What piece of advice about your creative work has served you well?

“Love many, trust few and always paddle your own canoe” – this was a saying passed down from my Irish great grandmother. This might sound self-seeking, but really I think this saying is urging you to be constantly conscious of your own self-actualisation when it comes to your own creative ideas. Whilst you should be a positive team player in many creative waka, when it comes to your own creative waka, you need to step up and be the leader, navigating your own way through.

What’s the biggest misconception about your creative work?

That it is worth 0.0001c per stream… or thereabouts. The streaming side of music is 100% broken and is not designed to reward artists equally per stream. I have had thousands of streams over the years– from which I have about $10 in royalties that can’t be paid out to me until I am over $40. I had just started to get going on itunes selling $500 worth of downloads in one month and then the advent of streaming ruined any chance of sustainability, virtually overnight. These days people say “oh yeah – but you can make quality music in your bedroom – you don’t have to hire an expensive studio”. My answer to that is yes, but you’ll need significant available time, a quiet room, sound treatment, a decent microphone, monitors, an expensive computer, expensive software, time invested in learning production skills… marketing… What the current streaming scenario does is create a culture of privilege in which only those who have the capital or other family/partner support – who can afford to make and release music – will do so.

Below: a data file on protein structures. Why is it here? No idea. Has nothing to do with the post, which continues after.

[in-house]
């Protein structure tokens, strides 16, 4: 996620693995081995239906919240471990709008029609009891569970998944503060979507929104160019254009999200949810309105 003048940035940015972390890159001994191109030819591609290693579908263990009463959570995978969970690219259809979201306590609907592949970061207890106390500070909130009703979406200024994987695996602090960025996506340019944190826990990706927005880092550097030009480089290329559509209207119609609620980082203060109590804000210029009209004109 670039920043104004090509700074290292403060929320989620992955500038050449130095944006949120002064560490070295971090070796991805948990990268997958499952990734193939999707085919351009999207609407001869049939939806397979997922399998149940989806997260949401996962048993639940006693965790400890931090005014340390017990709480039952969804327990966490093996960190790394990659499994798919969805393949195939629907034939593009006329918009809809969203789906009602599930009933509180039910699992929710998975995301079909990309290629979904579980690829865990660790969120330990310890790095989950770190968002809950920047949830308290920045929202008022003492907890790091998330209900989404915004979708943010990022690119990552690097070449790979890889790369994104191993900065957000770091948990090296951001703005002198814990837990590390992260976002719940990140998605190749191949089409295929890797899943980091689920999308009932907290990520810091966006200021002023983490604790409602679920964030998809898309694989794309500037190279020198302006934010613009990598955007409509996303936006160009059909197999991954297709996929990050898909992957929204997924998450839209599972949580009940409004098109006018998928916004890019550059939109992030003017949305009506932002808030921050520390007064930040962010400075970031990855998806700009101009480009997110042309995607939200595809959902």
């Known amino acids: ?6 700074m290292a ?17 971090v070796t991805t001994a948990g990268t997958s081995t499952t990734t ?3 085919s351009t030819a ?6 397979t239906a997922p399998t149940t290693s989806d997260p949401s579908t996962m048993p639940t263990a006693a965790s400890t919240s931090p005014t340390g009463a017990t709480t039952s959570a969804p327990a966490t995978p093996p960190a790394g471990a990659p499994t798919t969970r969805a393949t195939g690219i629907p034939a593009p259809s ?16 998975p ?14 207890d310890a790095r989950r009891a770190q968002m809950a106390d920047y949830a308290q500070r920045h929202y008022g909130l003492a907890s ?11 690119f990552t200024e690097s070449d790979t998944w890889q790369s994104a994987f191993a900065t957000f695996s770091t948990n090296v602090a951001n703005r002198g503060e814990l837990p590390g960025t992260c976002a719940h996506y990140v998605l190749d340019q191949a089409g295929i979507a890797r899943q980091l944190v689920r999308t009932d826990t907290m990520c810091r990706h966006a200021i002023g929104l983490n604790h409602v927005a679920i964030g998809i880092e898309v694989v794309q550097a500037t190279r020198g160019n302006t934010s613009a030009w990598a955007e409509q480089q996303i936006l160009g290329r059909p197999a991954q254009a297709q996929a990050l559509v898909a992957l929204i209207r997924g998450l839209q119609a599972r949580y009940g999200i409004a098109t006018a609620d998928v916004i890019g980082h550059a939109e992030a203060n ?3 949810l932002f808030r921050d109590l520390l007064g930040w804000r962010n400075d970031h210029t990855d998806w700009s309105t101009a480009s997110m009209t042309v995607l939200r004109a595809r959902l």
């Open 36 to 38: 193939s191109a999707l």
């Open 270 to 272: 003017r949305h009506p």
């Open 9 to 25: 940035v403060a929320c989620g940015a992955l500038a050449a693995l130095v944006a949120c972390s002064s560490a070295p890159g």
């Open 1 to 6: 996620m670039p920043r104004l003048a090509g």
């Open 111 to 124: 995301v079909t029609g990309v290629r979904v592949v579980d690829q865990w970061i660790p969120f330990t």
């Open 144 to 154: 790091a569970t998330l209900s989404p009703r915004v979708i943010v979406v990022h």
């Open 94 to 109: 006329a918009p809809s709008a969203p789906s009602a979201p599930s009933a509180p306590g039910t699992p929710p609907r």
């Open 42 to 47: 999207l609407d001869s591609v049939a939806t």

What Christchurch artists do you most admire?

I really admire the work that Michael Bell is doing and has done, firstly with Orange Studio and then with Little Andromeda. I only wish I had the time to get more involved in opportunities and go to more shows. Michael is also such an incredibly talented musician and he has selflessly dedicated himself to strengthening the arts in this city – providing an amazing platform for emerging artists to try things out.

What artwork/piece of music/performance has taken your breath away?

I really love Martin Creed’s work ‘Everything Is Going To Be Alright’ outside the Christchurch Art Gallery. It’s such a beautiful message of hope and comfort.

What do you wish you’d have known about creative work when you were younger?

I wish I had known that the music industry would be so severely disrupted by streaming – when I went to Jazz school, recording my own music and selling it independently looked like a viable option and I just wasn’t to know. Therefore I would advise any young person entering any industry now to look at the potential impacts any advances in technology might have on their career.

What’s your favourite hidden secret in Ōtautahi?

Millbrook Reserve – a small serene oasis next to Hagley Park. Doesn’t take long to walk through and a car park right next door